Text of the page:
That just leaves the big question: Would Sebelius actually make a good vice president (and, for that matter, president)?  After six years as governor, she's proven that she knows her stuff when it comes to policy--see, for example, this wonky interview she did a few years ago, covering everything from health care to the economy. She's a deft political operator, as evidenced by her ability to persuade a bunch of Kansas Republicans to switch parties back in 2006. And she knows how to survive, and win, grueling political brawls--as when, this past year, she thrice vetoed plans for new coal-fired plants in Kansas, in the face of ads associating her with Hugo Chávez and Mahmoud Ahmadinejad. The only substantive knock against her is that she has little foreign policy experience, which is a genuine drawback; but, in the end, there are still plenty of cabinet positions for people like Joe Biden and Sam Nunn.

Sebelius's biggest strength is the fact that she's the most competent executive of any of the rumored Democratic veep candidates, save for possibly former Virginia governor Mark Warner (whom the Democrats need to win a Senate seat anyway). The fact that, as governor, she erased a $1.1 billion budget deficit in her first year of office without raising taxes, and later steered a large education-funding package through a fractious legislature, would suggest that she's perfectly capable of heading up the executive branch--and doing it well.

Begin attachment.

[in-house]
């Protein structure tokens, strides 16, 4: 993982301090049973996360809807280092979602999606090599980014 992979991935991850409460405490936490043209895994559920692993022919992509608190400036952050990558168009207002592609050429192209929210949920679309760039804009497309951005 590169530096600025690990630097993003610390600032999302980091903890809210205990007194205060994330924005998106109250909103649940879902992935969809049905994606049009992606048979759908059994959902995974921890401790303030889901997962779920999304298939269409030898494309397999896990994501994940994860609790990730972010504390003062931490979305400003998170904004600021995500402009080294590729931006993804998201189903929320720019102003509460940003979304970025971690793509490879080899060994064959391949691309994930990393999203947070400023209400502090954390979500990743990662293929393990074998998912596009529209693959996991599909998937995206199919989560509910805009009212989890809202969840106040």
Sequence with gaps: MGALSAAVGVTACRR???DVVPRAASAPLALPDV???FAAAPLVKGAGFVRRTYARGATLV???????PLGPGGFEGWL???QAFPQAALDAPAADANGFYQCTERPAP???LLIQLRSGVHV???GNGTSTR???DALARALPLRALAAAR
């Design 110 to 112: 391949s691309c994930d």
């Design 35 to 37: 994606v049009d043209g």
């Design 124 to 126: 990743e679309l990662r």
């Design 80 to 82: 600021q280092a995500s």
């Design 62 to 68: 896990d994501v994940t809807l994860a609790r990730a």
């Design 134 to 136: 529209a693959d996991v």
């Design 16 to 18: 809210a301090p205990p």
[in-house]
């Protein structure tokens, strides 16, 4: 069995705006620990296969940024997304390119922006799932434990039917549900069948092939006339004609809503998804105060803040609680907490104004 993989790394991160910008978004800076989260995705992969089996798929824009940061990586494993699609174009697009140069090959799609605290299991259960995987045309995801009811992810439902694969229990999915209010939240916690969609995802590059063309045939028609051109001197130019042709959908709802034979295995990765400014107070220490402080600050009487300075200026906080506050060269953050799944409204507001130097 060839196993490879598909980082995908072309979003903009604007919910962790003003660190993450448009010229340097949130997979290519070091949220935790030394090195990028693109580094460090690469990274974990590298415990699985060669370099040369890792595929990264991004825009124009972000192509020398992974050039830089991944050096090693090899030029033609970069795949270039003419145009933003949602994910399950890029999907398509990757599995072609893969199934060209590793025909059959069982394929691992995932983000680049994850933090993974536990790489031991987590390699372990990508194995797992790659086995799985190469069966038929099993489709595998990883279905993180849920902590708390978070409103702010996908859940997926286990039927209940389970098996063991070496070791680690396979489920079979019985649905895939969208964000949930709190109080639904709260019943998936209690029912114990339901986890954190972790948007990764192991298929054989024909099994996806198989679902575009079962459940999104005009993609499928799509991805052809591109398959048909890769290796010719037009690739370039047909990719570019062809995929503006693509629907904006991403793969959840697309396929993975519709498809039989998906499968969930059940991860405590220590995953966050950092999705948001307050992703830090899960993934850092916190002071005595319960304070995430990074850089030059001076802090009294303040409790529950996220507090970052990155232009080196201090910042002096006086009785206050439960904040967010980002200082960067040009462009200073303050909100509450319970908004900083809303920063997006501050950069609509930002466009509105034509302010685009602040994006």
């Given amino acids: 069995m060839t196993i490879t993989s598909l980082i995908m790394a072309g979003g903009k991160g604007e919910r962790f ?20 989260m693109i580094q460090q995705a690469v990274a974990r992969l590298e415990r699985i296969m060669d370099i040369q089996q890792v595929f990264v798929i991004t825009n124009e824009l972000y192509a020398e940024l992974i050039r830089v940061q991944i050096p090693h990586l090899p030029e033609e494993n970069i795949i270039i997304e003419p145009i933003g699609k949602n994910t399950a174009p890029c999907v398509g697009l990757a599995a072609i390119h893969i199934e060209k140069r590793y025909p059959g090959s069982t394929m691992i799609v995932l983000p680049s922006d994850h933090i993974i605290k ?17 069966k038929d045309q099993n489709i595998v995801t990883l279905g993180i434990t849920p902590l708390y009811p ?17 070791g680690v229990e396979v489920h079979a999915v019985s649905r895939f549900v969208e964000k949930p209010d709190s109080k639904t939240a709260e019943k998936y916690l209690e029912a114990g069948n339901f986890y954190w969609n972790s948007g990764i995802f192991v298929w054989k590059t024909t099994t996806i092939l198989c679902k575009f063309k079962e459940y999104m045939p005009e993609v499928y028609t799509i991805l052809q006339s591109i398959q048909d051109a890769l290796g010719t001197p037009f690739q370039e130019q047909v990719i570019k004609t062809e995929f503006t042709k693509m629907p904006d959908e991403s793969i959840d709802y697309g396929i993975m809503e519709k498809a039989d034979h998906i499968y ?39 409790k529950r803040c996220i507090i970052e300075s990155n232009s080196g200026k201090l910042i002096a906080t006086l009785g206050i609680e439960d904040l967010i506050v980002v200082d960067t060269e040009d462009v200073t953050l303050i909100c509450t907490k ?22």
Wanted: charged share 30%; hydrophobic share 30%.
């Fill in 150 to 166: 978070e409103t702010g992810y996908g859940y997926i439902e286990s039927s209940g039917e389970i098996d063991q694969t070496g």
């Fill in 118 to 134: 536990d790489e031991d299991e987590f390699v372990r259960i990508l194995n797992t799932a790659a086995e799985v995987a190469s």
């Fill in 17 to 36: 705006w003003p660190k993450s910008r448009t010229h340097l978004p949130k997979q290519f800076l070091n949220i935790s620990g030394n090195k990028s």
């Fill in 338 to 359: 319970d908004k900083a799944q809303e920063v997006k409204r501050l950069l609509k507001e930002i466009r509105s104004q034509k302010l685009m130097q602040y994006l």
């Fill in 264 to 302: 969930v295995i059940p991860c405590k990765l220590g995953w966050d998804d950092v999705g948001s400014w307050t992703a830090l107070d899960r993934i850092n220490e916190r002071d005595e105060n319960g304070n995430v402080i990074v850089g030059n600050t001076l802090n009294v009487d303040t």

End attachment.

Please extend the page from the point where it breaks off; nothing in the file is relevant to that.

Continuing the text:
And it's not just Sebelius's experience, but the nature of her experience, that makes her a good fit in an Obama administration in particular. Take her two-term tenure as Kansas's insurance commissioner, which hasn't received much attention to date. Before Sebelius's surprise victory in 1994, the state had only had three commissioners in its previous 50 years, all career bureaucrats. Between its creaking IT system and morass of useless regulations, the agency had become hidebound and utterly useless to the consumers it was supposed to represent. Not only did Sebelius turn the department around, but she wrenched it out from under the influence of the insurance industry. (It helped that she pointedly refused to take campaign contributions from insurers.) In the process, she transformed the department into a driver of progressive policy, successfully pushing to expand tax credits for businesses that provide health insurance and creating an anti-fraud unit to monitor predatory insurers. Most famously, she blocked an Indiana insurer from acquiring Blue Cross–Blue Shield of Kansas on the grounds that it would unfairly raise premiums.